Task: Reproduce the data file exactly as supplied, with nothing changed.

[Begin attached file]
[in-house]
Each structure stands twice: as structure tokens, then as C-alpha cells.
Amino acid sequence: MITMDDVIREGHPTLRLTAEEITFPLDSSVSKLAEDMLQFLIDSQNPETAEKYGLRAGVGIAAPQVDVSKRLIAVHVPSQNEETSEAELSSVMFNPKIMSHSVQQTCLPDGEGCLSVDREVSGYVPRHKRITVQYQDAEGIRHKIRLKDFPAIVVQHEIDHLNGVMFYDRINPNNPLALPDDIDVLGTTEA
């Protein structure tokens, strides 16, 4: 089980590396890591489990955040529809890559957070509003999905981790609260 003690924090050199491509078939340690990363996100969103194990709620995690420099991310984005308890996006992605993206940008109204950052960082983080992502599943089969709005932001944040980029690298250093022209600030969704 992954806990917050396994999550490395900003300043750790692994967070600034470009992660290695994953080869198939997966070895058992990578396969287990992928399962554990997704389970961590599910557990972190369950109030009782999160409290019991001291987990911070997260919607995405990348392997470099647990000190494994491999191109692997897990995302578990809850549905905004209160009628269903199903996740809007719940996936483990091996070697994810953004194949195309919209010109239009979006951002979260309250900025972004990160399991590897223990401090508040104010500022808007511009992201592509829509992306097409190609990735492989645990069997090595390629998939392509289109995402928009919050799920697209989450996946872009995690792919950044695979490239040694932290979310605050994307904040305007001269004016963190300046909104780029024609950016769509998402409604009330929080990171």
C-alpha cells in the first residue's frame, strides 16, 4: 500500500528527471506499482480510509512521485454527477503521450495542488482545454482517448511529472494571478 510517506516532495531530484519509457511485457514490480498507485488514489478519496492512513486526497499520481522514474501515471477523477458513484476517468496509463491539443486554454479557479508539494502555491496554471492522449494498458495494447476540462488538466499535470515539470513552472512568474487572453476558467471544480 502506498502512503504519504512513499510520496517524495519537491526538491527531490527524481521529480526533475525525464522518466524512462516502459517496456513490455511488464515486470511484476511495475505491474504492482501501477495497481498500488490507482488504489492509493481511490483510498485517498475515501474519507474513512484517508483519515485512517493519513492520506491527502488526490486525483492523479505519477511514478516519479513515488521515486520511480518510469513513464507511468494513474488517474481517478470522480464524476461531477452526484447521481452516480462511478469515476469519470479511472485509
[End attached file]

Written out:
[in-house]
Each structure stands twice: as structure tokens, then as C-alpha cells.
Amino acid sequence: MITMDDVIREGHPTLRLTAEEITFPLDSSVSKLAEDMLQFLIDSQNPETAEKYGLRAGVGIAAPQVDVSKRLIAVHVPSQNEETSEAELSSVMFNPKIMSHSVQQTCLPDGEGCLSVDREVSGYVPRHKRITVQYQDAEGIRHKIRLKDFPAIVVQHEIDHLNGVMFYDRINPNNPLALPDDIDVLGTTEA
């Protein structure tokens, strides 16, 4: 089980590396890591489990955040529809890559957070509003999905981790609260 003690924090050199491509078939340690990363996100969103194990709620995690420099991310984005308890996006992605993206940008109204950052960082983080992502599943089969709005932001944040980029690298250093022209600030969704 992954806990917050396994999550490395900003300043750790692994967070600034470009992660290695994953080869198939997966070895058992990578396969287990992928399962554990997704389970961590599910557990972190369950109030009782999160409290019991001291987990911070997260919607995405990348392997470099647990000190494994491999191109692997897990995302578990809850549905905004209160009628269903199903996740809007719940996936483990091996070697994810953004194949195309919209010109239009979006951002979260309250900025972004990160399991590897223990401090508040104010500022808007511009992201592509829509992306097409190609990735492989645990069997090595390629998939392509289109995402928009919050799920697209989450996946872009995690792919950044695979490239040694932290979310605050994307904040305007001269004016963190300046909104780029024609950016769509998402409604009330929080990171």
C-alpha cells in the first residue's frame, strides 16, 4: 500500500528527471506499482480510509512521485454527477503521450495542488482545454482517448511529472494571478 510517506516532495531530484519509457511485457514490480498507485488514489478519496492512513486526497499520481522514474501515471477523477458513484476517468496509463491539443486554454479557479508539494502555491496554471492522449494498458495494447476540462488538466499535470515539470513552472512568474487572453476558467471544480 502506498502512503504519504512513499510520496517524495519537491526538491527531490527524481521529480526533475525525464522518466524512462516502459517496456513490455511488464515486470511484476511495475505491474504492482501501477495497481498500488490507482488504489492509493481511490483510498485517498475515501474519507474513512484517508483519515485512517493519513492520506491527502488526490486525483492523479505519477511514478516519479513515488521515486520511480518510469513513464507511468494513474488517474481517478470522480464524476461531477452526484447521481452516480462511478469515476469519470479511472485509